GoPlay Sports welcomes legendary goalscorer Michael King to its roster
GoPlay Sports are delighted to welcome Milwaukee Kickers’ full-time staff coach and club clinician Michael King on board as regional soccer coordinator.
Michael is no stranger to the game having enjoyed a phenomenal 22-year professional career in the indoor league in the US. Michael made 897 regular season and play-off appearances, scoring 768 goals and captained Milwaukee Wave to four championships, playing until he was 46.
Michael was a three-time all-American, inducted into the Wisconsin hall of fame and saw his number retired at numerous clubs in a career of unprecedented longevity.
We caught up with our newest recruit 'Kinger’ to chat about his career…
Where did your love of the game come from?
“I grew up in West London and Dad took me to to my first game at Stamford Bridge to watch Chelsea v Man City in 1967 and that was my baptism to the game, and I’ve never looked back.
“I wanted to be a professional player and that was accomplished when I went America after four years of college.
“When I was at secondary school I had some friends who were connected to track and field in the US so I wrote a resume and sent it over to a couple of friends and they dropped them off at the athletic departments at a few different universities and I ended up in New Jersey and the assistant coach was from Ireland and he saw my credentials and called me. The following year I left London when I was 19 and went to America.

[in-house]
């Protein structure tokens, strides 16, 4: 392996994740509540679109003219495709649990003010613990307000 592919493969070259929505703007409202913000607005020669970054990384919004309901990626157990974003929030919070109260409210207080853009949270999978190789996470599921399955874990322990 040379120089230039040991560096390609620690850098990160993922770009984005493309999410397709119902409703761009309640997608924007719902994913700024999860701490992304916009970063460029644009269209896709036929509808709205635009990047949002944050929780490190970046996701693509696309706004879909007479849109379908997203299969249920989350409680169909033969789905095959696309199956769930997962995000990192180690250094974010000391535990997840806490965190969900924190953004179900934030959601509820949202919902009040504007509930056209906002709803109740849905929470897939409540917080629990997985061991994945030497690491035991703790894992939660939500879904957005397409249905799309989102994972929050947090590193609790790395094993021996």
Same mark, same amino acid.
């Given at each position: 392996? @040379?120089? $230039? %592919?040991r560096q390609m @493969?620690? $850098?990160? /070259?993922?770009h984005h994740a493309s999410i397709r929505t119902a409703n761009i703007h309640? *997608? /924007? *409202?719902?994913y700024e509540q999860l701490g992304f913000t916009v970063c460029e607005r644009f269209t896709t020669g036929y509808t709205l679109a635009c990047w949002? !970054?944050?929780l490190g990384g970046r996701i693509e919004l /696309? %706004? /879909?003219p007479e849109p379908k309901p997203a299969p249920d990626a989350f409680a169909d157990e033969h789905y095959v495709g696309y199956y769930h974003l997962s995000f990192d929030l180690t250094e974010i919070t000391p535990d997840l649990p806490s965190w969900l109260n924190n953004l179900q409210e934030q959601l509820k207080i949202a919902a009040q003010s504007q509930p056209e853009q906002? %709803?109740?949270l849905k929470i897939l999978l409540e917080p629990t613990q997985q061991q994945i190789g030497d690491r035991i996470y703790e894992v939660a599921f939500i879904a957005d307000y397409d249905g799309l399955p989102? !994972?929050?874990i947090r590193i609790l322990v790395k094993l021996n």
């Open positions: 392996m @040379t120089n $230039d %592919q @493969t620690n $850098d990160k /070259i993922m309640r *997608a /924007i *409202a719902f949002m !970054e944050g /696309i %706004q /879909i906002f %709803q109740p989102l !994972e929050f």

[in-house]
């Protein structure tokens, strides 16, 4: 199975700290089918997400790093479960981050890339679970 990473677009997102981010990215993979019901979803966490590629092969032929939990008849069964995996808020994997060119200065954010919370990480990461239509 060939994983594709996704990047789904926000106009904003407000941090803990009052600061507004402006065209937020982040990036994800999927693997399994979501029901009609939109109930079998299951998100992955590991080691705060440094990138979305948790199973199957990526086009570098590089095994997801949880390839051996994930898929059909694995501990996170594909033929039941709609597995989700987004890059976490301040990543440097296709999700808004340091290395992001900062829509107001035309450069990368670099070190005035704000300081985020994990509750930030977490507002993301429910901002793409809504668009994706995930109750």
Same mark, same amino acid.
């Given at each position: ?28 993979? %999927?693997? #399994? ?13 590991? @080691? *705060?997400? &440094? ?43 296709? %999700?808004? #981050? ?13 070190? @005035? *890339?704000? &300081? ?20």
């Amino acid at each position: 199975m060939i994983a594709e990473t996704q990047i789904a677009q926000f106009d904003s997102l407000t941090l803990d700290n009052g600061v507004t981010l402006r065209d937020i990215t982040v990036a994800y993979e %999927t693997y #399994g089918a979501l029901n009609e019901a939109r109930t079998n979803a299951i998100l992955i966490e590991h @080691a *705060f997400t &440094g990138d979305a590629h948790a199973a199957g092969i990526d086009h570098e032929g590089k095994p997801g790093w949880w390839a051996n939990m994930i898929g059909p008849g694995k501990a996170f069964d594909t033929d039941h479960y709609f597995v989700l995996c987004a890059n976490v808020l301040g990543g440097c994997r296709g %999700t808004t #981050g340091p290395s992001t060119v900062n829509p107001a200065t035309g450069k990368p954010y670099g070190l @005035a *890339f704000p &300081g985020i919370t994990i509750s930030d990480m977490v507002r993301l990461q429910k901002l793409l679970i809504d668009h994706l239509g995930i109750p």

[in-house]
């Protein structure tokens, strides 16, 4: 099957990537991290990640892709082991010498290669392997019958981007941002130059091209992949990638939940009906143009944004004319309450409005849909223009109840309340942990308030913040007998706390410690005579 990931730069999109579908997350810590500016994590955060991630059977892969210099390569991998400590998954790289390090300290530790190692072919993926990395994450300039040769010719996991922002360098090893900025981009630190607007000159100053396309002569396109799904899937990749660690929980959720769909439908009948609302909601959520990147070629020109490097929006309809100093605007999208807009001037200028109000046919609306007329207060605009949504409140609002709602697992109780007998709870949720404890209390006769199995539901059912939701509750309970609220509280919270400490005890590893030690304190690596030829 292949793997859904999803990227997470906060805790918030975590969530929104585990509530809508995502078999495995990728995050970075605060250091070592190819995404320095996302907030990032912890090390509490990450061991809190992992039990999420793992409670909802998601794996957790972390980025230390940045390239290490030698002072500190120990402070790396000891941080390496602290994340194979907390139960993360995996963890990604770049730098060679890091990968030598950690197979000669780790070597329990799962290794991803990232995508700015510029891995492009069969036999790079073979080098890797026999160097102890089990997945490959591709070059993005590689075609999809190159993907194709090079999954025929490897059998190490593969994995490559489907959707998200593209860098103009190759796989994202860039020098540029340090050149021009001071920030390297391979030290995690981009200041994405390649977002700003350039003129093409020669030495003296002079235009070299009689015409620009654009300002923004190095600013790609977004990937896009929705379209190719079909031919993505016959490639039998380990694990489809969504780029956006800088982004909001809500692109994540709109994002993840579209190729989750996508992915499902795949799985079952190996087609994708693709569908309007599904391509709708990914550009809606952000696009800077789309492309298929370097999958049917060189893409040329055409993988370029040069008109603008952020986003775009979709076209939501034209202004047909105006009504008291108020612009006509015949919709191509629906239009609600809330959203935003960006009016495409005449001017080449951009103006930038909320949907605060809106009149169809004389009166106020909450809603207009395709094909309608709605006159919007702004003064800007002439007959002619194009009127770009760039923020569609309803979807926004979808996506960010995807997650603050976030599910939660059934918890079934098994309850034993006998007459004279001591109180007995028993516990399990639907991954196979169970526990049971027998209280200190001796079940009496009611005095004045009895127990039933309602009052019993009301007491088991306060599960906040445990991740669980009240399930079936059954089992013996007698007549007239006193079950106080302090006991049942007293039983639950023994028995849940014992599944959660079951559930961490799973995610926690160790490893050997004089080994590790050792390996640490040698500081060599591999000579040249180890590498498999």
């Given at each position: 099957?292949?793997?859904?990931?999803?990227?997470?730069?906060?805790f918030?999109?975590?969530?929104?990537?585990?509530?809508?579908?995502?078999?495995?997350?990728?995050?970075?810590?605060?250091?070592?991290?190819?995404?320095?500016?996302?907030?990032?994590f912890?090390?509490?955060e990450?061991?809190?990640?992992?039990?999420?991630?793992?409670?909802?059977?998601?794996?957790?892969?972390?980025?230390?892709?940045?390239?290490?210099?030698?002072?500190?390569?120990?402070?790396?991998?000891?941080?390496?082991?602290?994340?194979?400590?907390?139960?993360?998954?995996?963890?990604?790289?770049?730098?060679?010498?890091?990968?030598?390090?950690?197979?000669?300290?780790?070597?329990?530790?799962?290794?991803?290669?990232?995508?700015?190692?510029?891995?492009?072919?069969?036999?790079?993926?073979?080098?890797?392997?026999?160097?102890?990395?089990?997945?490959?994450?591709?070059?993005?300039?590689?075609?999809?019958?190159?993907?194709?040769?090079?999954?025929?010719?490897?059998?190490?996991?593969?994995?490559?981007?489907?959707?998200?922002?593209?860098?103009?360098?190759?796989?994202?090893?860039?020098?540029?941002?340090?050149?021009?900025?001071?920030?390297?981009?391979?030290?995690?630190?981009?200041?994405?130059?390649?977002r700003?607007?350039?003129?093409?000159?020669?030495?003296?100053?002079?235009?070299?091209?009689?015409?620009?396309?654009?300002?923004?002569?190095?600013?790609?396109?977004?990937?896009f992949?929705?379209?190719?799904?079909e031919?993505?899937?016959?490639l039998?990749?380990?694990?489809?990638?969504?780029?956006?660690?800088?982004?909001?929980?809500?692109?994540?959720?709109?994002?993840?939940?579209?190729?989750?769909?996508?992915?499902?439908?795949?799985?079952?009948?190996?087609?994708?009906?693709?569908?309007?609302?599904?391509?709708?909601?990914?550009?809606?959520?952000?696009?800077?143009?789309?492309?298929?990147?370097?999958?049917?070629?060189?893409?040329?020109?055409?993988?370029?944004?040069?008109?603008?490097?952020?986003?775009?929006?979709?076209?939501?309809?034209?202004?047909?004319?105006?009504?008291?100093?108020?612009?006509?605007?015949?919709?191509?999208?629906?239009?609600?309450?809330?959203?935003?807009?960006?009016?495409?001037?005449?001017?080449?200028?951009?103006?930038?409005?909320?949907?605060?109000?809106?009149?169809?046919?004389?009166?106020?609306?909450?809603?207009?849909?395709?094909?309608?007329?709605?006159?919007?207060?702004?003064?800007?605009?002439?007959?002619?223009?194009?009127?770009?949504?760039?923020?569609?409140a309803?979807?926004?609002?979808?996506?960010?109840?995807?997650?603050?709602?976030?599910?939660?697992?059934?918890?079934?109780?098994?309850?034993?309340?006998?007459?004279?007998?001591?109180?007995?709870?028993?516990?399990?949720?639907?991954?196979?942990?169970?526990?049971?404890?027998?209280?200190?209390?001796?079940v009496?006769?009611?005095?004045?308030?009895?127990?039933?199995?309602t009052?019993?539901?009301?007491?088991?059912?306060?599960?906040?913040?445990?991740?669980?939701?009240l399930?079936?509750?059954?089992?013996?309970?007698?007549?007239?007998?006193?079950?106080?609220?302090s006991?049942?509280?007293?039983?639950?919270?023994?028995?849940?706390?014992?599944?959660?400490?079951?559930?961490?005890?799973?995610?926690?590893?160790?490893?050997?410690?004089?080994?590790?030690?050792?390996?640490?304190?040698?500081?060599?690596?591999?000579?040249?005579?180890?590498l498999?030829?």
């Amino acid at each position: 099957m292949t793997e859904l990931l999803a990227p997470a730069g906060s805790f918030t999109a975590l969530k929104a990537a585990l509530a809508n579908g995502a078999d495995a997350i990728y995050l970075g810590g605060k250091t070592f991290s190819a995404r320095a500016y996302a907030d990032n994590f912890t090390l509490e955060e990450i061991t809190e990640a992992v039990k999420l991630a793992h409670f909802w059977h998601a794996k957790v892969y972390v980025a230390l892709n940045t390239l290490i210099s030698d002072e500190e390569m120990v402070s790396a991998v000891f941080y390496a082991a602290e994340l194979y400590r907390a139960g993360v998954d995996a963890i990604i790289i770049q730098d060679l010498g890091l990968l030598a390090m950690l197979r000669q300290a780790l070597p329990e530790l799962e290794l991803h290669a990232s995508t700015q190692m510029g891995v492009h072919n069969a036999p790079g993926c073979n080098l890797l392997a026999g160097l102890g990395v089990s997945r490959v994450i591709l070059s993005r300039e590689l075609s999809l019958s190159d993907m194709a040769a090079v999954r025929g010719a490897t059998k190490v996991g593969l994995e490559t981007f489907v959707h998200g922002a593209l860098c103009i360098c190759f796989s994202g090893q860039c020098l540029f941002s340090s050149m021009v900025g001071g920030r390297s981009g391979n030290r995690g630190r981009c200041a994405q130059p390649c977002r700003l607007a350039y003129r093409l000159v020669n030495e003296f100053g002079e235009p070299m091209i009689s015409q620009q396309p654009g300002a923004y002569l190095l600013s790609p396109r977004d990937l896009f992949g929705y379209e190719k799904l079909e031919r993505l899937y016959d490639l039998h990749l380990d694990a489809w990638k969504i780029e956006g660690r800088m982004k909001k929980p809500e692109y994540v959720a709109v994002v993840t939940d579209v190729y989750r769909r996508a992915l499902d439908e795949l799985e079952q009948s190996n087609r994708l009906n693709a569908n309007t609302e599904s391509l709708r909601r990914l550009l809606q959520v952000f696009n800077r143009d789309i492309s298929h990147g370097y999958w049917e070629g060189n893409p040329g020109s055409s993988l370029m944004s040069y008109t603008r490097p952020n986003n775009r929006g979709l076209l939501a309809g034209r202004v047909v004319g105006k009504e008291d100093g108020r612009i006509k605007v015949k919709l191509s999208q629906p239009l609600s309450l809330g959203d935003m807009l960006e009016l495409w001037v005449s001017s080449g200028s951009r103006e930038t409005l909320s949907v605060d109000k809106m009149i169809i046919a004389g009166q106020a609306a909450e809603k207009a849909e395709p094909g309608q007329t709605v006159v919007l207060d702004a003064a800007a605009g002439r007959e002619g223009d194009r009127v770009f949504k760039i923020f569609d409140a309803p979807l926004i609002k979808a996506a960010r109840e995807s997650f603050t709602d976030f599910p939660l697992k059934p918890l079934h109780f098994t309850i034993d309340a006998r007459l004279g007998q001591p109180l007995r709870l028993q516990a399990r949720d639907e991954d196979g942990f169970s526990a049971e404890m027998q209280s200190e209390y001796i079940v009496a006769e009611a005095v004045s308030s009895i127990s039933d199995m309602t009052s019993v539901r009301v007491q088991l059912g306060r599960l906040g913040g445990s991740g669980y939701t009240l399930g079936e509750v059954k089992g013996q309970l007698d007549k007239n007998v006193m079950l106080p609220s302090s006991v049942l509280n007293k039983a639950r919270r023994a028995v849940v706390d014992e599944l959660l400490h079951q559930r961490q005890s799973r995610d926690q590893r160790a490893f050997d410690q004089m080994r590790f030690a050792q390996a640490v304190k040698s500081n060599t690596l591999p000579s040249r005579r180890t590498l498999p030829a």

“I played Southern League for Hounslow but I got a full scholarship and made a go of it in the US.
“My goal then was to get into the NASL which was still going then. But then in 1985 it folded and there was no pro league in America except the indoor league so that’s where I ended up.
“I played 22 years indoor and played MLS when it first started but the money and the situation wasn’t a good fit and there were a number of indoor guys who decided not to do and I finished my career playing indoor in Milwaukee for the last 15 years.”
You were Milwaukee Wave captain, won four championships and scored over 700 goals so you had a lot of high points, was there anything that was the pinnacle?